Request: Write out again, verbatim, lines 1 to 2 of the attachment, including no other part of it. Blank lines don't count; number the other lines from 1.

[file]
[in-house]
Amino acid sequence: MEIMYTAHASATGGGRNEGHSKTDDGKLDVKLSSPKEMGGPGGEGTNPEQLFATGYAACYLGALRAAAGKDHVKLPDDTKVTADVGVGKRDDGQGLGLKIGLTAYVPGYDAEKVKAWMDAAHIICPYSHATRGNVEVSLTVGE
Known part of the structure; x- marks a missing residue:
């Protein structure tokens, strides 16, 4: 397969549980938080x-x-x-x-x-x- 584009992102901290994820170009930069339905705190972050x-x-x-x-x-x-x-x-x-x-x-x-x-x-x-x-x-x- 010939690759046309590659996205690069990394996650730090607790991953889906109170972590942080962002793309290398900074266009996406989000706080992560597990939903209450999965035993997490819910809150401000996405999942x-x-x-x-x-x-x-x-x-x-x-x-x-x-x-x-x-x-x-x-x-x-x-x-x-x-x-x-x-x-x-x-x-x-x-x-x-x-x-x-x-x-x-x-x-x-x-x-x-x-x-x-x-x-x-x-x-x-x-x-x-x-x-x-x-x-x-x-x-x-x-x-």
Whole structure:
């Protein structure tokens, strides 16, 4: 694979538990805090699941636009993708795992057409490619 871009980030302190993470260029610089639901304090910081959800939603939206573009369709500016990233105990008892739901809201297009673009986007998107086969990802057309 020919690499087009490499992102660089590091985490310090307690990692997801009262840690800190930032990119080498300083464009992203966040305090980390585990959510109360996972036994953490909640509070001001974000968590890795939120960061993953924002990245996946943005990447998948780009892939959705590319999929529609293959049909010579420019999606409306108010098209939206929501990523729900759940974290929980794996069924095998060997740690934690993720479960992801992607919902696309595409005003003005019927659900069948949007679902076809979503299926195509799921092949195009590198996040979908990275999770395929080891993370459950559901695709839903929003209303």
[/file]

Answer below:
[in-house]
Amino acid sequence: MEIMYTAHASATGGGRNEGHSKTDDGKLDVKLSSPKEMGGPGGEGTNPEQLFATGYAACYLGALRAAAGKDHVKLPDDTKVTADVGVGKRDDGQGLGLKIGLTAYVPGYDAEKVKAWMDAAHIICPYSHATRGNVEVSLTVGE